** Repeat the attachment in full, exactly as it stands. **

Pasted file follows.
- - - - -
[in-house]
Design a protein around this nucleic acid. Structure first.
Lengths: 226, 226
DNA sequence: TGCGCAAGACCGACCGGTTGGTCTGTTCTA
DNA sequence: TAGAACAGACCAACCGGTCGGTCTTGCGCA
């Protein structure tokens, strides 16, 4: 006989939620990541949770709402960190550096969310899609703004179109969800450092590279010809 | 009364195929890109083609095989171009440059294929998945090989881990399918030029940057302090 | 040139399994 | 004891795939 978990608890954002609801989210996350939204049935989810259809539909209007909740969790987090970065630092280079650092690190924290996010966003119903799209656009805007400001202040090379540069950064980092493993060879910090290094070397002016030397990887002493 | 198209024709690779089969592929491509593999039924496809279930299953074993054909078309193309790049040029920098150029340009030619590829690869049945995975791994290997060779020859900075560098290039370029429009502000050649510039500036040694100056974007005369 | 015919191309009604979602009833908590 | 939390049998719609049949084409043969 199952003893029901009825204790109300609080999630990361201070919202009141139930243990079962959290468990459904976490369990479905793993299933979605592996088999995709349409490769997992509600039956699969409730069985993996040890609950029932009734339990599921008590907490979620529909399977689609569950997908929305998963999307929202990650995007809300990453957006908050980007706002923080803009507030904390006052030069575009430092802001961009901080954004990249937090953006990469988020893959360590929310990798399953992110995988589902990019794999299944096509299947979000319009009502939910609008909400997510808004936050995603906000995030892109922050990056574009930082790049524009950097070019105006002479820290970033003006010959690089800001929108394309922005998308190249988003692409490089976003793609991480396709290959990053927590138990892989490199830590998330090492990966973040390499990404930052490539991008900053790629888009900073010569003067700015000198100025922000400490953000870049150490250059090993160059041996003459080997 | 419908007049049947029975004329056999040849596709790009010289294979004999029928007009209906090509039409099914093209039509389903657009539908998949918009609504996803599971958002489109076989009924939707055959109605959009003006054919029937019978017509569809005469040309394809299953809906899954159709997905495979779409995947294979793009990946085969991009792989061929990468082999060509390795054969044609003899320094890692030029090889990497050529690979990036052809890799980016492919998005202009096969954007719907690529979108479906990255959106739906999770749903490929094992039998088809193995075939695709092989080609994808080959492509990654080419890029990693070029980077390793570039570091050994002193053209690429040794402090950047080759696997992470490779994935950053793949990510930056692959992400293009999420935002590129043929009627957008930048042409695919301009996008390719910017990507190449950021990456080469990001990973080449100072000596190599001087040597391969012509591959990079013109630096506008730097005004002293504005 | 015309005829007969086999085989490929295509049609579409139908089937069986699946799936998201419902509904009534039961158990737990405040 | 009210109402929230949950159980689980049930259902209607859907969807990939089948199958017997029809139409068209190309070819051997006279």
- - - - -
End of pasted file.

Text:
[in-house]
Design a protein around this nucleic acid. Structure first.
Lengths: 226, 226
DNA sequence: TGCGCAAGACCGACCGGTTGGTCTGTTCTA
DNA sequence: TAGAACAGACCAACCGGTCGGTCTTGCGCA
């Protein structure tokens, strides 16, 4: 006989939620990541949770709402960190550096969310899609703004179109969800450092590279010809 | 009364195929890109083609095989171009440059294929998945090989881990399918030029940057302090 | 040139399994 | 004891795939 978990608890954002609801989210996350939204049935989810259809539909209007909740969790987090970065630092280079650092690190924290996010966003119903799209656009805007400001202040090379540069950064980092493993060879910090290094070397002016030397990887002493 | 198209024709690779089969592929491509593999039924496809279930299953074993054909078309193309790049040029920098150029340009030619590829690869049945995975791994290997060779020859900075560098290039370029429009502000050649510039500036040694100056974007005369 | 015919191309009604979602009833908590 | 939390049998719609049949084409043969 199952003893029901009825204790109300609080999630990361201070919202009141139930243990079962959290468990459904976490369990479905793993299933979605592996088999995709349409490769997992509600039956699969409730069985993996040890609950029932009734339990599921008590907490979620529909399977689609569950997908929305998963999307929202990650995007809300990453957006908050980007706002923080803009507030904390006052030069575009430092802001961009901080954004990249937090953006990469988020893959360590929310990798399953992110995988589902990019794999299944096509299947979000319009009502939910609008909400997510808004936050995603906000995030892109922050990056574009930082790049524009950097070019105006002479820290970033003006010959690089800001929108394309922005998308190249988003692409490089976003793609991480396709290959990053927590138990892989490199830590998330090492990966973040390499990404930052490539991008900053790629888009900073010569003067700015000198100025922000400490953000870049150490250059090993160059041996003459080997 | 419908007049049947029975004329056999040849596709790009010289294979004999029928007009209906090509039409099914093209039509389903657009539908998949918009609504996803599971958002489109076989009924939707055959109605959009003006054919029937019978017509569809005469040309394809299953809906899954159709997905495979779409995947294979793009990946085969991009792989061929990468082999060509390795054969044609003899320094890692030029090889990497050529690979990036052809890799980016492919998005202009096969954007719907690529979108479906990255959106739906999770749903490929094992039998088809193995075939695709092989080609994808080959492509990654080419890029990693070029980077390793570039570091050994002193053209690429040794402090950047080759696997992470490779994935950053793949990510930056692959992400293009999420935002590129043929009627957008930048042409695919301009996008390719910017990507190449950021990456080469990001990973080449100072000596190599001087040597391969012509591959990079013109630096506008730097005004002293504005 | 015309005829007969086999085989490929295509049609579409139908089937069986699946799936998201419902509904009534039961158990737990405040 | 009210109402929230949950159980689980049930259902209607859907969807990939089948199958017997029809139409068209190309070819051997006279």